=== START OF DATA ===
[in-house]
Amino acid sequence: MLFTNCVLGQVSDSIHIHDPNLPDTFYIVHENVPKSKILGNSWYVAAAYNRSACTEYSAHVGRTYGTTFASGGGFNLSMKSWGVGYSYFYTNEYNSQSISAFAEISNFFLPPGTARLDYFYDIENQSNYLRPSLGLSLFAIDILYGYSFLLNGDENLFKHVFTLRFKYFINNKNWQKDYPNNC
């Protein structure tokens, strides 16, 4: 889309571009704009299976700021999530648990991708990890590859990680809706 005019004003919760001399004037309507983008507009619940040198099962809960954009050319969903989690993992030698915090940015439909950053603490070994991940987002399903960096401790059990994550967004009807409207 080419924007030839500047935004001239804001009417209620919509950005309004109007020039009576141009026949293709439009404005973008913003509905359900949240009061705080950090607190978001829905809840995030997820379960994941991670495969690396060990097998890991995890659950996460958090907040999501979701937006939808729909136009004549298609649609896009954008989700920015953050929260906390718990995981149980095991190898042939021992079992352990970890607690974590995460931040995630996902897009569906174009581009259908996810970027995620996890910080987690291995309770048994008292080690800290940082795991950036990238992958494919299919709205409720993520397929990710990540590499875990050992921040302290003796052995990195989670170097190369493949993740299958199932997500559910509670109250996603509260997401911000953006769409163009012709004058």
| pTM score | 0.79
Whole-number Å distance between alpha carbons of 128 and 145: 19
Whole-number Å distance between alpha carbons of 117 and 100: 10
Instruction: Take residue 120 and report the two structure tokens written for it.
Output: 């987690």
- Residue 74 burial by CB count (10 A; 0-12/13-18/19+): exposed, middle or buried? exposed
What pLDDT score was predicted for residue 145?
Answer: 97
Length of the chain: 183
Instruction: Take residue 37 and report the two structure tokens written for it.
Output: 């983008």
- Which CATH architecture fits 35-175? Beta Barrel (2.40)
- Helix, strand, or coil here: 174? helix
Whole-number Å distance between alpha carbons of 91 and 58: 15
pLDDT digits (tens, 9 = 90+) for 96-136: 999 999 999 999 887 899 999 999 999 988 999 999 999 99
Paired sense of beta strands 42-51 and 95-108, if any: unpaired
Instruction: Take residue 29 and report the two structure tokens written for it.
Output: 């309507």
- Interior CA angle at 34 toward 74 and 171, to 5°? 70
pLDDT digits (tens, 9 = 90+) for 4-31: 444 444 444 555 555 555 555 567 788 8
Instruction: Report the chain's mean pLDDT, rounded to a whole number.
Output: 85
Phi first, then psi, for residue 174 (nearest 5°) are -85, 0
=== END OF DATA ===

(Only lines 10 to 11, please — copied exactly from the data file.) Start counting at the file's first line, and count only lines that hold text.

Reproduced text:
What pLDDT score was predicted for residue 145?
Answer: 97